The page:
Ryan Smith: Right Time, Right Place

A year ago, he was the odd man out at Utah, a disgruntled corner caught in a personality conflict with a brand new position coach that obviously didn’t see things on an eye to eye basis. A year later, Ryan Smith has a brand new attitude to go with a new address and he’s hailed as one of college football’s best players, named second team All-America by the Associated Press.

Smith has gone from a cornerback battling a personality conflict with his position coach at Utah to the ultimate team player at Florida. The change of scenery has proven the perfect antidote for whatever ailed him at Utah. A combination of injuries and demotions kept sliding him further down the Utah bench last year but at Florida, he started from day one, led the Southeastern Conference in interceptions with eight and blocked a punt as a key member of the Gators’ special teams.

How he got to Florida has been well-documented. A new NCAA rule that allows a player that graduates with eligibility still remaining turned Smith into college football’s equivalent of a free agent. It is a rule that Urban Meyer says he doesn’t like but the pragmatist in him knows that he wouldn’t have the Gators playing in the college football championship game against Ohio State on January 8 without the divine intervention of the NCAA.

Smith graduated from Utah in three years with a degree in sociology back in July and that allowed him to transfer to Florida where he already had a great relationship with Meyer and with cornerbacks coach Chuck Heater, his position coach in 2004 during Utah’s 12-0 dream season. Smith made freshman All-America that season, a startling contrast to a sophomore year that saw his playing time decrease significantly after he was injured.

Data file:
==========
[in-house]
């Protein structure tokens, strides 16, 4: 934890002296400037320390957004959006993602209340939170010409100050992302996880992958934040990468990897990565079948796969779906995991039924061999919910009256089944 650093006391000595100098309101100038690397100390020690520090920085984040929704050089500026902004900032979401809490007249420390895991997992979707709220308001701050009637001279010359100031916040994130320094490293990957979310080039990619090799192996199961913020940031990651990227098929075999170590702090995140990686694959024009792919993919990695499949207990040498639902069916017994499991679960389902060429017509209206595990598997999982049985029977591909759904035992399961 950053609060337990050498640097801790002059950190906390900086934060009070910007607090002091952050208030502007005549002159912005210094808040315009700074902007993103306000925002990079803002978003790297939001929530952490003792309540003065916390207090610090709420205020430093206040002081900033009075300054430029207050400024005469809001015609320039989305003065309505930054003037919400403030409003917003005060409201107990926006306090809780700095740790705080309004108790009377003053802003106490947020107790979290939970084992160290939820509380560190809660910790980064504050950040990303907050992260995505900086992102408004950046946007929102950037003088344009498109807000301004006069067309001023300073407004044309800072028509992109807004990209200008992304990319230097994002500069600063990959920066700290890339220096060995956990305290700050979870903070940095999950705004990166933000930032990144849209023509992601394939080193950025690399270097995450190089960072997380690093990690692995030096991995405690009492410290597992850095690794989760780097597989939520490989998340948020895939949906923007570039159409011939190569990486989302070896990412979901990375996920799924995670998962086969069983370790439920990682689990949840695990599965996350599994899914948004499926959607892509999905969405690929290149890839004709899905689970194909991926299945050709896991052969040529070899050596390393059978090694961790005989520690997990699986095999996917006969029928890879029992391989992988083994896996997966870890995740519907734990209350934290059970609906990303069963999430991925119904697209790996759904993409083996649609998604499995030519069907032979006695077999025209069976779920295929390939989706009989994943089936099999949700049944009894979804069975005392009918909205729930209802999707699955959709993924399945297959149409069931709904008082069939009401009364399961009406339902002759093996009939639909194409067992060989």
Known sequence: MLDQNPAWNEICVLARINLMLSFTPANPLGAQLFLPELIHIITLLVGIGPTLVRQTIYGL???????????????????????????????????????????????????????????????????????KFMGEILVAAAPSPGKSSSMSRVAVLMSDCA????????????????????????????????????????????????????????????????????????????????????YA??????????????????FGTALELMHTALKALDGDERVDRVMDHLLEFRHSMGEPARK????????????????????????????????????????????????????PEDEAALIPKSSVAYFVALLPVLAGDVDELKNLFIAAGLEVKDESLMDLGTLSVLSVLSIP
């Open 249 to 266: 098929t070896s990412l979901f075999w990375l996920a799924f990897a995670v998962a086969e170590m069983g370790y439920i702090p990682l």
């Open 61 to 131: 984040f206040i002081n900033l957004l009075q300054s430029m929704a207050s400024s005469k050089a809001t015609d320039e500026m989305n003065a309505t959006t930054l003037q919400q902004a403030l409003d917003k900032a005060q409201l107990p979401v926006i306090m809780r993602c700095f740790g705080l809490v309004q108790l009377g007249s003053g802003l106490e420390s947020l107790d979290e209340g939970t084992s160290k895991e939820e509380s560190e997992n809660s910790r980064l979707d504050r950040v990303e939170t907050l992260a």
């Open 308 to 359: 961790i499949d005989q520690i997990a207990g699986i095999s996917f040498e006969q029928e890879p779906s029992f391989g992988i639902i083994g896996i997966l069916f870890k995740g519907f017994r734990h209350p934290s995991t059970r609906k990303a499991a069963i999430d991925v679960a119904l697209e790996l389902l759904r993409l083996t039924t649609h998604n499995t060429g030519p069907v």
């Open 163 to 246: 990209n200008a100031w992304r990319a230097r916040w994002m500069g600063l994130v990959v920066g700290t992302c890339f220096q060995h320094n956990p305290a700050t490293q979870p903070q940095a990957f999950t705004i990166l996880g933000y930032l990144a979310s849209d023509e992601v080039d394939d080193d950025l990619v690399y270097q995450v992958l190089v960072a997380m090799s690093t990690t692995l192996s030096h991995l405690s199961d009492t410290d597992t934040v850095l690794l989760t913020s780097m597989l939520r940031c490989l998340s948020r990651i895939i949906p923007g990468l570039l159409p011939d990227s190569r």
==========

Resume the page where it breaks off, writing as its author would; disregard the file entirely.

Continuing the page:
“I got injured halfway through the season, and once I got injured I kind of lost my job,” said Smith at Florida’s media day on Monday. “I wasn’t playing too well before that, but I just felt people that weren’t as good as me were playing.”

A rift developed between Smith and the coach and it was never resolved. By spring Smith knew he would have a new football address in 2006. “I didn’t see myself playing there [Utah] in the future,” said Smith. “It was a conflict with my position coach. I don’t think he liked the person I was, and I didn’t like the person he was. It was just personality conflicts.”

There were no such issues when Meyer and Heater were at Utah and there have been no issues since Smith arrived. Back when the new rule was announced, Smith’s father, an internal affairs officer with the Los Angeles Police Department, did the research and made the calls to Florida. Timing is everything. It just so happened the Gators were going through a crisis of their own and there was a significant need for a new cornerback.

Avery Atkins, who looked like a future star during his freshman season of 2005, found himself embroiled in a domestic battery accusation with the girl that is mother of his child in his home town of Daytona Beach. That situation led to his dismissal from the team, opening a gaping hole at a position that was already critically short of able-bodied and experienced players.

Smith became the right guy in the right place at the right time. He stepped in at Florida and played like he’d been here for three years. Within a day or two during Florida’s two-a-days in August, it was evident that Smith was going to be the answer at the corner position opposite Reggie Lewis.

“I never struggled in camp at all,” he said. “I kind of stepped in and played good ever since I got here.”

Thirteen games and eight interceptions later, he’s an All-America and a mainstay on Florida’s tenth-ranked defense that will have the daunting task of slowing down Ohio State and its Heisman Trophy winning quarterback Troy Smith in the national championship game. At Florida, Ryan Smith has been a playmaker that has saved his best for the games when the Gators needed him the most as evidenced by big games against Alabama, LSU, Florida State and Arkansas.